Teachers, who want to earn a little money on the side, have a wealth of side hustles to choose from. Side hustles for teachers break into two categories — those perfect for summer and those that work year-round.

Summer side hustles for teachers:

Working parents pay a small fortune to send their kids to summer camp and daycare. If you can handle a full day’s worth of students, you may be able to earn $200 to $800 per child, per week. That’s the typical cost range for day camp, according to the American Camp Association. In other words, if you have 10 kids in your camp, you could be taking in $2,000 – $8,000 a week, or $8,000 to $32,000 per month.

Of course, there are some practical issues that you must address before you start. The American Camp Association has a guide to help you get started, which suggests you start by making a few key decisions. For instance, is this an academic camp or a fun camp? Where will the camp/workshop be held? Do the kids need transportation to get there and back? Are permits or approvals necessary to launch or use the site where you expect to hold your camp? Do you need aides and other staff?

Once you’ve got those details whipped, consider putting together a flier to send to parents before the end of school.

Travel and teach

If you’d like to combine seeing the world and teaching, check out TeachAway. This site books temporary teaching gigs all around the globe and requires the hiring districts to help teachers with visas, bank accounts and other practical needs.

Year-round side hustles for teachers


You can also make decent money with one-on-one tutoring. And if you don’t have students of your own, a number of online platforms will help you find and book candidates. The tutoring platform that appears to offer the best pay is Chelsea International Education. It also has the strictest requirements, but you are likely to meet them if you’re a working school teacher. The site requires teaching credentials, experience and a recent lifescan.

If you can’t qualify to tutor with Chelsea, Wyzant and Varsity Tutors welcome potential tutors with experience teaching in most academic topics, languages and music. Music instructor can also check out LessonFace, which allows you to teach music online. You’re a coach? Consider CoachUp, which markets your availability for one-on-one athletic training.

Offer educational material

If you have created clever teaching aids or other materials for your classroom, you may want to try selling them to other teachers on a site called TeachersPayTeacher. The site allows you to price and list your products without paying a listing fee. But it charges a commission when they sell.

Teach an online class

You have the presence to get in front of 30 students and teach every day. Can you do the same in front of a webcam? If you can, you may be able to earn a continuing stream of income by putting your class online. Naturally, this can be the class you actually teach or it can be something different.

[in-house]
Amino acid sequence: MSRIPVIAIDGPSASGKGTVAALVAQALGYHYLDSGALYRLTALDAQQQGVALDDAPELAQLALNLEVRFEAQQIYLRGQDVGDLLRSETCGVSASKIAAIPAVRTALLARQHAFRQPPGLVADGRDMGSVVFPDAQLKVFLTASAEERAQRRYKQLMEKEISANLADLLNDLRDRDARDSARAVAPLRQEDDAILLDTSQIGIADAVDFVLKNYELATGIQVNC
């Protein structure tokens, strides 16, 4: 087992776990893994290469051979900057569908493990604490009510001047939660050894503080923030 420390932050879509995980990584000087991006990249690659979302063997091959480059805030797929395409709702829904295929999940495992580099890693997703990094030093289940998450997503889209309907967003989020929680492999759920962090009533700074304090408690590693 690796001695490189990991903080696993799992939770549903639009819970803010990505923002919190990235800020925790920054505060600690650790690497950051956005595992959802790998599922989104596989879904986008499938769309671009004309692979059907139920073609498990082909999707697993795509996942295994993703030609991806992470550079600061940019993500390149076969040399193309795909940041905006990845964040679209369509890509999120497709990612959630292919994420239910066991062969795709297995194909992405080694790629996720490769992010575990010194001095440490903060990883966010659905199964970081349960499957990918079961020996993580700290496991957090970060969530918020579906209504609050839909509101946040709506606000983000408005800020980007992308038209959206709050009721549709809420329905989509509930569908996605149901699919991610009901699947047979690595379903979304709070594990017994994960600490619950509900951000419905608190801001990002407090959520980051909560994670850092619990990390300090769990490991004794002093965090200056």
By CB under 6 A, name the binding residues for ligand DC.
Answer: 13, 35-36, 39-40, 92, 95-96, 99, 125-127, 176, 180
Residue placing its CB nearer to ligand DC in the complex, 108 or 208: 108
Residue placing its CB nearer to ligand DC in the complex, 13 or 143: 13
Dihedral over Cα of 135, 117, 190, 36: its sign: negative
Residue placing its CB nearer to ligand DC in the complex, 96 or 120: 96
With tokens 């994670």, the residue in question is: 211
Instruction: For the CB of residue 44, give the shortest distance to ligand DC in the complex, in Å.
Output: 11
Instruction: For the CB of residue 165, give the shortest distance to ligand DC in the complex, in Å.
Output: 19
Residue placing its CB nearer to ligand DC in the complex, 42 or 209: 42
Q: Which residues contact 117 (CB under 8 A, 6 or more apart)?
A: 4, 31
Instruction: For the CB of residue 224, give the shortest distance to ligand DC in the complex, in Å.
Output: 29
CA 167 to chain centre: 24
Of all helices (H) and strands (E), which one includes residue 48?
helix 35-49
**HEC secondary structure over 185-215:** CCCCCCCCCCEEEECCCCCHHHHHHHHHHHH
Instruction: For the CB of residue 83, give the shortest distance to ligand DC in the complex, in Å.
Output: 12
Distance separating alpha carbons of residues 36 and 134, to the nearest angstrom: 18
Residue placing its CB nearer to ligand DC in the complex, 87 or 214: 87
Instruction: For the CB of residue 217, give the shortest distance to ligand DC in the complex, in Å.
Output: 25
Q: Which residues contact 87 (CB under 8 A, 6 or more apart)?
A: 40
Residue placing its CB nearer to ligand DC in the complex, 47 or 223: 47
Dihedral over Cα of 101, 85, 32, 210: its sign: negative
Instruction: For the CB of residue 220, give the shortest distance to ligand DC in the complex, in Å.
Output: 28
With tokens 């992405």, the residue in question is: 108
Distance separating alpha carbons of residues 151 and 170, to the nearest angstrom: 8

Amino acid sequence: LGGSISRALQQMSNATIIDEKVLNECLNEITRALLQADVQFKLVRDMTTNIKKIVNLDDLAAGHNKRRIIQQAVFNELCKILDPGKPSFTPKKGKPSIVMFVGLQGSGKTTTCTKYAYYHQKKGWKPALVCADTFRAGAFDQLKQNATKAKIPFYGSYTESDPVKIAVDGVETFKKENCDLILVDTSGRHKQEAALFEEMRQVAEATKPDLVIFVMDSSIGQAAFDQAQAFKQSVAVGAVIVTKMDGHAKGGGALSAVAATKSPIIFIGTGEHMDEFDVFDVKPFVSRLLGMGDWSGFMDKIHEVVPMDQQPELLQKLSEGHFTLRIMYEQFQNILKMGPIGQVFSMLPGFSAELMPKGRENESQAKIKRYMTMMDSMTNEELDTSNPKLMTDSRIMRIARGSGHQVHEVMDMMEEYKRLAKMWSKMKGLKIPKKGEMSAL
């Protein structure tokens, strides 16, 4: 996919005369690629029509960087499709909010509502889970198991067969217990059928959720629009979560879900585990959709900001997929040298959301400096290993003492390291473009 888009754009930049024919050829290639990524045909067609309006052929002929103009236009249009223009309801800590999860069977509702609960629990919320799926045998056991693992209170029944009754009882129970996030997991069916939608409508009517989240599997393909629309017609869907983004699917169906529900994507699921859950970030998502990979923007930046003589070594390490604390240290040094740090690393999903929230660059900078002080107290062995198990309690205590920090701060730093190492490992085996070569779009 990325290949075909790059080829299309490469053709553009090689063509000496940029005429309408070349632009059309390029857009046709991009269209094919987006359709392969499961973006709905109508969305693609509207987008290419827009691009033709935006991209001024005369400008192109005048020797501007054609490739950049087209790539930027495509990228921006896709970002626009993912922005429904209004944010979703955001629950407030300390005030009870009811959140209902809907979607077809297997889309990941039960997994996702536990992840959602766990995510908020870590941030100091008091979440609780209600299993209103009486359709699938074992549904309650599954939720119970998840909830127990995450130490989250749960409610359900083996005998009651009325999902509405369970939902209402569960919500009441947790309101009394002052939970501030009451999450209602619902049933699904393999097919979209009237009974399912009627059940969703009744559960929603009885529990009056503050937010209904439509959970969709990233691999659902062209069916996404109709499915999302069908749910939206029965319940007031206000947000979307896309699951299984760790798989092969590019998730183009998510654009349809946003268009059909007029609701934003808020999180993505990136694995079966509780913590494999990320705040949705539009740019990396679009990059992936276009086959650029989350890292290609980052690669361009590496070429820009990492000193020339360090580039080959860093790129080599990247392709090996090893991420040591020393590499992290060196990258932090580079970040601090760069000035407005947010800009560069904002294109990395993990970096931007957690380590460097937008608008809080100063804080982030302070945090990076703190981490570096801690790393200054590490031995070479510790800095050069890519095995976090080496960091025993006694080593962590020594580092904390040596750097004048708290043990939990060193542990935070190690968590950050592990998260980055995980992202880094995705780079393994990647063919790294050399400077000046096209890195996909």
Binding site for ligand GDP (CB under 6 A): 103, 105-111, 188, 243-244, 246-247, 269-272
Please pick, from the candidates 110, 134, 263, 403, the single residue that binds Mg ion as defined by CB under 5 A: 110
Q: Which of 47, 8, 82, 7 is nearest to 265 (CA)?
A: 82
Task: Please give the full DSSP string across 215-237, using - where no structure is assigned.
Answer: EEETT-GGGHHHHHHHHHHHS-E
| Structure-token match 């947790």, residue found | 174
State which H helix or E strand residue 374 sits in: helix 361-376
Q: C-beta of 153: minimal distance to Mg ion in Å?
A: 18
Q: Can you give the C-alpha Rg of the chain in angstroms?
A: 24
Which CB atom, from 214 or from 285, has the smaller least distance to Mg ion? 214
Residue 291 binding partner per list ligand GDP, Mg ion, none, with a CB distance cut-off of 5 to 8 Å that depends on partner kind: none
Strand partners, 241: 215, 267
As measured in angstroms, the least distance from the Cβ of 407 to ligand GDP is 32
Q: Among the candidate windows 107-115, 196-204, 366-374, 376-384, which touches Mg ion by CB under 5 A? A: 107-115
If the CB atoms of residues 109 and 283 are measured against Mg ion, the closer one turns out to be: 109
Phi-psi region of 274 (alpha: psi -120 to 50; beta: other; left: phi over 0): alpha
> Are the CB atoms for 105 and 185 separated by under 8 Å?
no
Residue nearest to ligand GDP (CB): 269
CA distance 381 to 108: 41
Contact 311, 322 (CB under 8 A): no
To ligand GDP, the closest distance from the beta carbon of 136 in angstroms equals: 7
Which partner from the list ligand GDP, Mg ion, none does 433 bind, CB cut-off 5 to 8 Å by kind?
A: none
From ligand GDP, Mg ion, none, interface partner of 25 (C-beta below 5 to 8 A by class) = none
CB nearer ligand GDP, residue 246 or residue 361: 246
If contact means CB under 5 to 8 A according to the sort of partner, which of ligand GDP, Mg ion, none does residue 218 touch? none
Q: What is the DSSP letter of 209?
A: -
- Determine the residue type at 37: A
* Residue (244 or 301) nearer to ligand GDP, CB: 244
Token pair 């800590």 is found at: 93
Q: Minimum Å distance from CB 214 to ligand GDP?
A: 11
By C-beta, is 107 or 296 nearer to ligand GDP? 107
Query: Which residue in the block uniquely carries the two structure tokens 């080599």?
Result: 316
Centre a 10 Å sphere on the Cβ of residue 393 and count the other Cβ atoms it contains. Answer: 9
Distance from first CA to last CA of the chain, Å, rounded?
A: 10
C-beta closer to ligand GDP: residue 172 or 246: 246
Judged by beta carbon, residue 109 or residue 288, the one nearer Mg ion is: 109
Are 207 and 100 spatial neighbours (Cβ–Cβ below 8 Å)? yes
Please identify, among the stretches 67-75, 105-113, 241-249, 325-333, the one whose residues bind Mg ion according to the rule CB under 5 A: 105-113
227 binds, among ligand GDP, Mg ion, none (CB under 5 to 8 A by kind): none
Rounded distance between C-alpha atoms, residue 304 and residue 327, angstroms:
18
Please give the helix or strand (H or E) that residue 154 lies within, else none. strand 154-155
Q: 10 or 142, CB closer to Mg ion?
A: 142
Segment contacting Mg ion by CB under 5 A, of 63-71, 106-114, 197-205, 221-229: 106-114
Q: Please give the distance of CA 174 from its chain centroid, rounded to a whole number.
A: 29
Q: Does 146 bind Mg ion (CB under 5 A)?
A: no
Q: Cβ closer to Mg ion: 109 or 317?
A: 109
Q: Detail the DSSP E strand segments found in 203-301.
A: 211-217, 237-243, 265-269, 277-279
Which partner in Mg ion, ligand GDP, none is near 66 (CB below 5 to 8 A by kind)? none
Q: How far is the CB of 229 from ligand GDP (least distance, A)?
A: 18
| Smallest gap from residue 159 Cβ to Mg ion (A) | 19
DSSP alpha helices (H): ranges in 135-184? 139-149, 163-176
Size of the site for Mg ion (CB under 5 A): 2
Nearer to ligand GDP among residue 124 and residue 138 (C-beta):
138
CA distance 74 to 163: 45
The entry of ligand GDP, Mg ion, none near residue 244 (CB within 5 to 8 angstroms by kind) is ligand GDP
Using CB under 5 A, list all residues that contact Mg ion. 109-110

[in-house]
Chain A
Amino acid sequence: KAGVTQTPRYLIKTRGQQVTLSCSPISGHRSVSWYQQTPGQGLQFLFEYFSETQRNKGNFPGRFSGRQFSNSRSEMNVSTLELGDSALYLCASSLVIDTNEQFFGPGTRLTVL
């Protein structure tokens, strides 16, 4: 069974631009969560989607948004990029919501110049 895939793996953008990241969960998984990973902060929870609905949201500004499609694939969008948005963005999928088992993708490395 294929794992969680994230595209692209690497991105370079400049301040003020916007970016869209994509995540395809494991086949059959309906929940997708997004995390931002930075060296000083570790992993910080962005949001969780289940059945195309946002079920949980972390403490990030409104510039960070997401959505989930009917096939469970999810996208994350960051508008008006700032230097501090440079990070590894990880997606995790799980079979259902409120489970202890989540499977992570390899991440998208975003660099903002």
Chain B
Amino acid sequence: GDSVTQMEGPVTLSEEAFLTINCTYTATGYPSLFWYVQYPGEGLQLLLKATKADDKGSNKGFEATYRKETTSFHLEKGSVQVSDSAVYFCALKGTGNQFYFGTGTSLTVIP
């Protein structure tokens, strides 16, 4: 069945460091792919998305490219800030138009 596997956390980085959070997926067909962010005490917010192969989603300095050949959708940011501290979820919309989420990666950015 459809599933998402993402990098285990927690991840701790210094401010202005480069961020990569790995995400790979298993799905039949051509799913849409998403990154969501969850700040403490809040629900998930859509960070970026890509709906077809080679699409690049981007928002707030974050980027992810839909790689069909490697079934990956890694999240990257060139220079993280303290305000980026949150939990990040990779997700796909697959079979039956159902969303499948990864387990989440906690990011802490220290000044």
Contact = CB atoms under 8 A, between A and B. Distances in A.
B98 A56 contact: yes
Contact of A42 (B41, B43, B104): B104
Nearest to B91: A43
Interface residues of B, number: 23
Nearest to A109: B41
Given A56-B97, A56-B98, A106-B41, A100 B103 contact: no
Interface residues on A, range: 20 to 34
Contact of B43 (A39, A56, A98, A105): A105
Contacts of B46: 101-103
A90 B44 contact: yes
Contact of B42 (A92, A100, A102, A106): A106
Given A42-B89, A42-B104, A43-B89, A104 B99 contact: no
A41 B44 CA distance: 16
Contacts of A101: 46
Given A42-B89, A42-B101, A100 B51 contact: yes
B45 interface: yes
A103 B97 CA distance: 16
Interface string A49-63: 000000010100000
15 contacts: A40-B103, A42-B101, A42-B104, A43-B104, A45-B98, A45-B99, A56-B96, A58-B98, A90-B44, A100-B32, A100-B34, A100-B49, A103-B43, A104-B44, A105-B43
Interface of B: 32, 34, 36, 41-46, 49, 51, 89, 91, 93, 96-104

If you create an online version of your existing class, you have a natural audience in your current students. It could be used as supplimental material for those struggling. Or you could offer lessons on a one-off basis for students who missed a class. Consider the student who wants to go on a holiday that will overlap a few school days. What if he could catch up by watching your videos for, say, a $5 or $10 fee per missed class? The kids who have trouble keeping up, likewise, could buy your entire course — or just the sessions where they’re struggling — and use it as a cheaper version of one-on-one tutoring.

Those with another skill that they’d like to teach — knitting, cooking, art, drama — have the abillity to do that too. Two sites, Teachable and Thinkific, allow you to design, price and upload your course material for free, paying a commission only when your classes sell. A similar site called Udemy allows consumers to offer courses on its platform, too. Udemy does some marketing for you. But, it has a high commission structure and often forces teachers to accept cut-rates for their classes.

One response to “Side hustles for teachers”

  1. Damien Mason Avatar
    Damien Mason

    I am very concerned about two of these options for teachers. First, you can’t just start a summer camp. I cannot begin to describe the legal issues and liabilities surrounding the location, zoning, and staff.
    Second, teachers cannot tutor their own students for outside money. It is a conflict of interests and is often made clear in your contract. A teacher may offer after school help, but it is part of the job.
    I am disappointed how little these ideas seem to be thought out.

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